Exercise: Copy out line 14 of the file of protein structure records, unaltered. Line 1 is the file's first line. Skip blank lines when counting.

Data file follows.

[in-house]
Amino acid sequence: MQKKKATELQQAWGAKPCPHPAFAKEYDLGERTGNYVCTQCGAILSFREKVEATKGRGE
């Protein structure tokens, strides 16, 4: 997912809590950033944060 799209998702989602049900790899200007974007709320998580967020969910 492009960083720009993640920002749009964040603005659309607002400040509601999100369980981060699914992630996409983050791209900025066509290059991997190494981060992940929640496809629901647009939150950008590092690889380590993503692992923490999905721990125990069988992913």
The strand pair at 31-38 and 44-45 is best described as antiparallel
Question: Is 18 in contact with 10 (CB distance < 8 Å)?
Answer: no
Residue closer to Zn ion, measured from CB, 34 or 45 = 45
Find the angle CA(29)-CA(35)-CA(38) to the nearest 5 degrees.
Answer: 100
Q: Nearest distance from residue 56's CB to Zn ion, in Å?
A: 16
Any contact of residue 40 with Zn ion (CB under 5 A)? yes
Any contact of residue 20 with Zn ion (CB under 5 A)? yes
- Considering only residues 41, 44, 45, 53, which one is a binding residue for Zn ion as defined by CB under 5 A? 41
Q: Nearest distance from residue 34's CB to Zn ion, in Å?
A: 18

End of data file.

- Considering only residues 41, 44, 45, 53, which one is a binding residue for Zn ion as defined by CB under 5 A? 41